Fast sintering of titania monoliths for photocatalytic degradation of organic micropollutants

Ivan Barisic, Riccardo Brucculeri, Lorenzo Airoldi, Zachary Warren, Alysson S. Martins, Mauro Coduri, Ferdinando Auricchio, Umberto Tamburini Anselmi, Davide Mattia

Research output: Contribution to journalArticlepeer-review


Scalable solutions to efficiently remove organic micropollutants from water are urgently needed to address the significant adverse health effects their accumulation causes on the environment and in humans. Solutions based on slurries of titania (TiO2) nanoparticles, while effective in the lab, cannot be scaled up due to cost and environmental concerns. Conversely, titania monolithic structures are not photoactive as high sintering temperatures result in the predominance of the non-photoactive rutile phase. In this work the combination of 3D printing and fast sintering allowed, for the first time, to obtain titania monoliths which are mechanically stable and retain their photoactivity. The latter arises from the anatase-rich composition of the monoliths, a result not possible using convectional sintering methods. To demonstrate their photoactivity, the porous monoliths were used in a recirculating flow reactor to degrade primidone, a widely used drug and ubiquitous micropollutant. Results for the best performing monolith showed a quantum yield value of 1.1 × 10−5and an electrical energy per order value of 13 kWh m−3, both significantly outperforming literature data. These results show a clear route to scaling-up the fabrication of photocatalytically active titania monoliths capable of effectively degrading organic micropollutants in water, whose presence is a major health and environmental hazard.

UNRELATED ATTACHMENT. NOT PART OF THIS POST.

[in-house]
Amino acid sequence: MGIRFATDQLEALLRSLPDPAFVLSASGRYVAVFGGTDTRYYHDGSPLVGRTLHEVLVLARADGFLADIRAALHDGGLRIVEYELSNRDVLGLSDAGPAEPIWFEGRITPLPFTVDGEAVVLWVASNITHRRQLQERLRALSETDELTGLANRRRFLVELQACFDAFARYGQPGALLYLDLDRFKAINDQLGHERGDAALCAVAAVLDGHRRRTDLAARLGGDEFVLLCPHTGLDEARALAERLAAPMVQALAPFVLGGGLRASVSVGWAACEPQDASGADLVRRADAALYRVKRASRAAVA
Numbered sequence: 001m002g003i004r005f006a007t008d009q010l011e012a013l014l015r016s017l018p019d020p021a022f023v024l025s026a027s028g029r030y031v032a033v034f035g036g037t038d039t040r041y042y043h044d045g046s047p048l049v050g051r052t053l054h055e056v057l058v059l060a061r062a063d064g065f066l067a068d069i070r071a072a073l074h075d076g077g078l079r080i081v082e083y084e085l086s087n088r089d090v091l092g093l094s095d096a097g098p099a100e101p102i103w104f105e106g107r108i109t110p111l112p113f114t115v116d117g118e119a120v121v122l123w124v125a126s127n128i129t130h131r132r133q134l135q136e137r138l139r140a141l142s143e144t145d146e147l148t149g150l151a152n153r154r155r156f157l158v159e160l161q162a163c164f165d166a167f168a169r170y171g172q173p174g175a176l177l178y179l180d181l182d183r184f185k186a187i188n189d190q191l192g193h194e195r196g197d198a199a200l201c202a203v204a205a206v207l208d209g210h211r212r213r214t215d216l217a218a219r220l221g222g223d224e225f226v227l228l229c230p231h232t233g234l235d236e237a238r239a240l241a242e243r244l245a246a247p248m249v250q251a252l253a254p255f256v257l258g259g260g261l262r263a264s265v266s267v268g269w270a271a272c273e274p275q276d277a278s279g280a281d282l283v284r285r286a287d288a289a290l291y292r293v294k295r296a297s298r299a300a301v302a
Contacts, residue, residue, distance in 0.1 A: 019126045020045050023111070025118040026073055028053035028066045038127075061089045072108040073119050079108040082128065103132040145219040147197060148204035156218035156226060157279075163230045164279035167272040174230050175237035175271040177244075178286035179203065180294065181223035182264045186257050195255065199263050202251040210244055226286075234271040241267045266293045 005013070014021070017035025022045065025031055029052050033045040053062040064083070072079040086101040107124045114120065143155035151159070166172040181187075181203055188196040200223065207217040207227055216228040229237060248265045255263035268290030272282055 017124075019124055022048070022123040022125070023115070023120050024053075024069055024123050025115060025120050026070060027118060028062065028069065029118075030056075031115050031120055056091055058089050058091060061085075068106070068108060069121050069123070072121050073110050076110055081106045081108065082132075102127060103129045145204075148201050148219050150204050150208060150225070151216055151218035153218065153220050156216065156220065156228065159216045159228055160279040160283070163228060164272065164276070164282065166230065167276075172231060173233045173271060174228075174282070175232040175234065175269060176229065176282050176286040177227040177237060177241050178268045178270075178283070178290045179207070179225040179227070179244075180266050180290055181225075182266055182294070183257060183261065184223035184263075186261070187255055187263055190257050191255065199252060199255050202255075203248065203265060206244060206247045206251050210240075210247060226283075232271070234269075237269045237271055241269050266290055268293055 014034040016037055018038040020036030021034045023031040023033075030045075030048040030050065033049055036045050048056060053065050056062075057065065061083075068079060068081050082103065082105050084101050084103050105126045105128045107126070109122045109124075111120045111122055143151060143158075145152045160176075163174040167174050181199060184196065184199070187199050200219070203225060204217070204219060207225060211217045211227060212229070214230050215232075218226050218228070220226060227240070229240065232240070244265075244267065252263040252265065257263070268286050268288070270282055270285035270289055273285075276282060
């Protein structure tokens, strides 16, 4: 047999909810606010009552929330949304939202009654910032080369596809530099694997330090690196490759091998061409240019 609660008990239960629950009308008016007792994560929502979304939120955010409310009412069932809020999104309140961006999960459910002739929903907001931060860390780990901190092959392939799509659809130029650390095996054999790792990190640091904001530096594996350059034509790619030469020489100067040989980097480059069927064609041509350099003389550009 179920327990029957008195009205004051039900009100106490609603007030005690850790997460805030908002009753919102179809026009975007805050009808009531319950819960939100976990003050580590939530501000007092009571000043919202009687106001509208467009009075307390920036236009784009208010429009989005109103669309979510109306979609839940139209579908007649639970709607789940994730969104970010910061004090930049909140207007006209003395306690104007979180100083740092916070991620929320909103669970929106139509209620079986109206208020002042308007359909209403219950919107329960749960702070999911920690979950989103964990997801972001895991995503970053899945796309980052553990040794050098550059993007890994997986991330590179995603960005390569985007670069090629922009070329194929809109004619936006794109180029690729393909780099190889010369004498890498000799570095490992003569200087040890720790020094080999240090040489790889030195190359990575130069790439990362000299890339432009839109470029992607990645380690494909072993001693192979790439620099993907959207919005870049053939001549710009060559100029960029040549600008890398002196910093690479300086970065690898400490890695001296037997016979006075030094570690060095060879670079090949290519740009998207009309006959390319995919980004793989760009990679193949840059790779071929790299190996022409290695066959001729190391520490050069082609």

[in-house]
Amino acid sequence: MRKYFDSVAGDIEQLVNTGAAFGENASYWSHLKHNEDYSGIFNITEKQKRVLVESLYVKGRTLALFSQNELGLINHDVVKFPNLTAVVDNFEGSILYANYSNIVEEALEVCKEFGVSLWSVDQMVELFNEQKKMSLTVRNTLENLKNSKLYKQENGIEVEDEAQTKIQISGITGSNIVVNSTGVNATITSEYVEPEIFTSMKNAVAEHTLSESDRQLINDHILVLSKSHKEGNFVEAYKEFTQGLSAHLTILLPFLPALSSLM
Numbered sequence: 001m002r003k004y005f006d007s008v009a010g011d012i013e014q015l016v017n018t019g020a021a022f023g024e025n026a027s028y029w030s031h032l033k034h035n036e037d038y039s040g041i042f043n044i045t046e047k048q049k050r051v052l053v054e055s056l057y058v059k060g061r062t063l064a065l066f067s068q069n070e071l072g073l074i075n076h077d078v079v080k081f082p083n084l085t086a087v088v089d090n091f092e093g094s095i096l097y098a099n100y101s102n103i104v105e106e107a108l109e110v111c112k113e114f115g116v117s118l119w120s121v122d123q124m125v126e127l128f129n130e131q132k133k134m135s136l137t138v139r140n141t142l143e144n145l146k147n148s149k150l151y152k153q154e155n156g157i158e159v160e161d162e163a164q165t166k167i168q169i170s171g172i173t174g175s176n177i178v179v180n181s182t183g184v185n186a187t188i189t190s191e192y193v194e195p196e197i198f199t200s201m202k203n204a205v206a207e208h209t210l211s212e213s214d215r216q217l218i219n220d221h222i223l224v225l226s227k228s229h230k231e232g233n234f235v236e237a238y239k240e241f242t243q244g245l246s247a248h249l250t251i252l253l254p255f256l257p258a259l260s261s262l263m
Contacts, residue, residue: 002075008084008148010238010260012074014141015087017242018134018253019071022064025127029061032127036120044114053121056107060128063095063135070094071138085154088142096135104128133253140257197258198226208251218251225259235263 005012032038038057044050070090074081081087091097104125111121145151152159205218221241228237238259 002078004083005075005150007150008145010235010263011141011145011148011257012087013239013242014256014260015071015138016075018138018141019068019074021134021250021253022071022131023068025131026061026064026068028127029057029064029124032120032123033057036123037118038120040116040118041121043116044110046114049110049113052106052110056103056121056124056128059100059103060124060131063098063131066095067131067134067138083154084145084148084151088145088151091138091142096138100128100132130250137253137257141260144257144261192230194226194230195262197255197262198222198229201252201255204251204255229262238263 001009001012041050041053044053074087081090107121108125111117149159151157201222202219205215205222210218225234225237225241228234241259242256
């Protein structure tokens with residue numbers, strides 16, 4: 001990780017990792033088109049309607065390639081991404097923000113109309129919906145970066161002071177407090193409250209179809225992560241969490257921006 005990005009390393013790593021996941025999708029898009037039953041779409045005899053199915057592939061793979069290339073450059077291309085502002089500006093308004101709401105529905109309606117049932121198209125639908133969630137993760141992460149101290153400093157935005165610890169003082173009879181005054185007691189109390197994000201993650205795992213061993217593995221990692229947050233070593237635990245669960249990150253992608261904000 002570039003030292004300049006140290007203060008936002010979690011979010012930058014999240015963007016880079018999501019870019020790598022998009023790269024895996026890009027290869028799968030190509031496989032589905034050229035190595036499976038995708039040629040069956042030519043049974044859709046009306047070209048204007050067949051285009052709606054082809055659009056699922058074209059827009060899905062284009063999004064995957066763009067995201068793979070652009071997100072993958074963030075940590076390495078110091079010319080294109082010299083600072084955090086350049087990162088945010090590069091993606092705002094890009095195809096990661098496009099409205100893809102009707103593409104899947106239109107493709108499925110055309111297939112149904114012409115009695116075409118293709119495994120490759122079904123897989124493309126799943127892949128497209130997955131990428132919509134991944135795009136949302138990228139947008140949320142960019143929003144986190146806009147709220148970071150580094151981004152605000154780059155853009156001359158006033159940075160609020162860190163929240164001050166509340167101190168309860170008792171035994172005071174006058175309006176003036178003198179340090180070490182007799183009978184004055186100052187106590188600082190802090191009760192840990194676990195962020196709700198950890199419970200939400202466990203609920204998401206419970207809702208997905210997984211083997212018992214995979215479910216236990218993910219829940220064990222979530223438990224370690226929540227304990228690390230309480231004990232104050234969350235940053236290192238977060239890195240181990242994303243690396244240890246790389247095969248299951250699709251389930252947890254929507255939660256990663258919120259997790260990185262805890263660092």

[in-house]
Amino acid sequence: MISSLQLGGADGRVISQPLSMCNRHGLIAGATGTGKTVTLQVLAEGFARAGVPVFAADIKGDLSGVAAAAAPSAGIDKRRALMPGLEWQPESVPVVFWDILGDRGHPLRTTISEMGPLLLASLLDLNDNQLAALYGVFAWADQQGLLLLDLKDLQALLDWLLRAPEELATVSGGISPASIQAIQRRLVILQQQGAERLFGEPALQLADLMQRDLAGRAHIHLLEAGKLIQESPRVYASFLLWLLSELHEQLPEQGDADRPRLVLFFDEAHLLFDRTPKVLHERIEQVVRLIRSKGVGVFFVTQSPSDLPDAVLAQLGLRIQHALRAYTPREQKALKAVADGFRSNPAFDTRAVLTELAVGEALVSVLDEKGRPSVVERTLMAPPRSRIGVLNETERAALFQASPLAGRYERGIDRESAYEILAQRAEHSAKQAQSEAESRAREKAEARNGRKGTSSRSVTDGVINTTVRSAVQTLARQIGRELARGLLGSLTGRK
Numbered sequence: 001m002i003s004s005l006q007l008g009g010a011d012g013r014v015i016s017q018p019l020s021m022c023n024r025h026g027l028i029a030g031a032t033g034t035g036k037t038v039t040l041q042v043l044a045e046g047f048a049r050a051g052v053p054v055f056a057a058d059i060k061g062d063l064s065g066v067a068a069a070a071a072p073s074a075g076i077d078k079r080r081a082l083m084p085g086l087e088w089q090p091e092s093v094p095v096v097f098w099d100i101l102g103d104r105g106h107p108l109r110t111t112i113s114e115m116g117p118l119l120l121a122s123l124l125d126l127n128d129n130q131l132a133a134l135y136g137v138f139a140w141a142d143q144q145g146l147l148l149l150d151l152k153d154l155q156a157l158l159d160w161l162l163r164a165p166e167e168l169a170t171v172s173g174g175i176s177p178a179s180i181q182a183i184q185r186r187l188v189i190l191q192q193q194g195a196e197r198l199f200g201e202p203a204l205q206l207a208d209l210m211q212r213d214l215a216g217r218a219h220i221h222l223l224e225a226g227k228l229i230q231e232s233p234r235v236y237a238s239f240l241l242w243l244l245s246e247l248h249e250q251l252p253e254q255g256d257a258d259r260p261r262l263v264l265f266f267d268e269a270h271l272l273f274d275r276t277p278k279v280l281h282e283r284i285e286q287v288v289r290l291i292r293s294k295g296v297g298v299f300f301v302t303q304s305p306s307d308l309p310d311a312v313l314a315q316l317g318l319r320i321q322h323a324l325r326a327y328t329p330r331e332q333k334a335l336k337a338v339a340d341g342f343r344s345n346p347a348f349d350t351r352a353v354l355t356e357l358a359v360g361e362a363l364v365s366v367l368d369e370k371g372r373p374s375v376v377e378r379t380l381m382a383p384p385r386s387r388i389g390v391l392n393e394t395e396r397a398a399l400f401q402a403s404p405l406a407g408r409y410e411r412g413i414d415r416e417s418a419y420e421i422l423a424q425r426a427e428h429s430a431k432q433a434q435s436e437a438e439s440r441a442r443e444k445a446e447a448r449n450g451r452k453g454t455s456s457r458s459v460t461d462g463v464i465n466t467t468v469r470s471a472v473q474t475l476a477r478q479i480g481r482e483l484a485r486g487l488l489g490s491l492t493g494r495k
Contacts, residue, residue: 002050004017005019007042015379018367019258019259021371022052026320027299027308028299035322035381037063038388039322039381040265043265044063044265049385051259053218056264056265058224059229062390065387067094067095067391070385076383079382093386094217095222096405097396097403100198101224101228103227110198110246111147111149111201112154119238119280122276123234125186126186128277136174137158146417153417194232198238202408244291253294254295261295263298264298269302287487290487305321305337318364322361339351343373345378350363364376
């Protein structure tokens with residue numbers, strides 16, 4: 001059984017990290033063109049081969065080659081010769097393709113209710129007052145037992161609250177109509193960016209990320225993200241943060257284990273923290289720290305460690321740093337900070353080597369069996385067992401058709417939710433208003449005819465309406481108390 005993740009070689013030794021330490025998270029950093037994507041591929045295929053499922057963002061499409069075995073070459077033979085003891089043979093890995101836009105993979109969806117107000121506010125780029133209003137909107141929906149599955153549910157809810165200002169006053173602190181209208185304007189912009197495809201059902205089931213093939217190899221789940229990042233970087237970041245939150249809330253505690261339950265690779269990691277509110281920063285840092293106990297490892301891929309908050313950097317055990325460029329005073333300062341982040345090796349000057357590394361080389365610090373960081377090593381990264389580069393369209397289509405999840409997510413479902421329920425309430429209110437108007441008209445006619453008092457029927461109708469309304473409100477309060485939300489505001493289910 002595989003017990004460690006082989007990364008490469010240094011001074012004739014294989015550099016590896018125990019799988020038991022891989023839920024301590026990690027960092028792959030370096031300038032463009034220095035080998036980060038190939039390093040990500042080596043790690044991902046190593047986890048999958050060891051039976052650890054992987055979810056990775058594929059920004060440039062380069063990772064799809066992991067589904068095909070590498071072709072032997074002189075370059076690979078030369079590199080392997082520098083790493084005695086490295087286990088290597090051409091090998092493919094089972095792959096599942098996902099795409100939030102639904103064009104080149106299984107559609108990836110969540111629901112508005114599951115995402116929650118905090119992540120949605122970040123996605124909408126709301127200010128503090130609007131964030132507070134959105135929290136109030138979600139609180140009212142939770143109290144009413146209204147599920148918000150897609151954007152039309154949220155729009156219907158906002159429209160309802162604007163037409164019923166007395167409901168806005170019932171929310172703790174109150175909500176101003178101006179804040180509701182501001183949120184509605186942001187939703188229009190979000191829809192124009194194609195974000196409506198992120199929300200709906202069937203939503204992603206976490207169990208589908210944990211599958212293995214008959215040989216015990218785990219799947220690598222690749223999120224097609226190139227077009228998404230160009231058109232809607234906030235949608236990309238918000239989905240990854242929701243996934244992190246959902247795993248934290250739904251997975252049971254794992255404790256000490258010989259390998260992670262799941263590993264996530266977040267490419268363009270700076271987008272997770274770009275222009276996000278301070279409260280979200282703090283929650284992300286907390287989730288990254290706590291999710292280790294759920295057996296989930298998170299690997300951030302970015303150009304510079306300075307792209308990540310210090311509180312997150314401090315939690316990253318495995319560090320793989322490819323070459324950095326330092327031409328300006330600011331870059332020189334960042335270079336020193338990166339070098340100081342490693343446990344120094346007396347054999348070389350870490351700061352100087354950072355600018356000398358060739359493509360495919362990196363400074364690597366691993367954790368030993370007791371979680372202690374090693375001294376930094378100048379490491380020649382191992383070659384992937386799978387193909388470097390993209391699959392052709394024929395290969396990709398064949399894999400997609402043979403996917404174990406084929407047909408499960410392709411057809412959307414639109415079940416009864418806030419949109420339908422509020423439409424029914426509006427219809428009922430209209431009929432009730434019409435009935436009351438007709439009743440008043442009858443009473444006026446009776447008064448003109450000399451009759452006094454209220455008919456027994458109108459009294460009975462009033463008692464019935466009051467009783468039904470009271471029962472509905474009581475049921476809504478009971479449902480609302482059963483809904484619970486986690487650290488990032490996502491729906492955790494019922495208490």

Original languageEnglish
Article number102172
JournalApplied Materials Today
Early online date26 Mar 2024
Publication statusE-pub ahead of print - 26 Mar 2024

Data Availability Statement

Data supporting this work is freely accessible in the Bath research data archive system at,355.


  • 3D Printing
  • Anatase
  • Micropollutant
  • Photocatalysis
  • Titania

ASJC Scopus subject areas

  • Materials Science(all)


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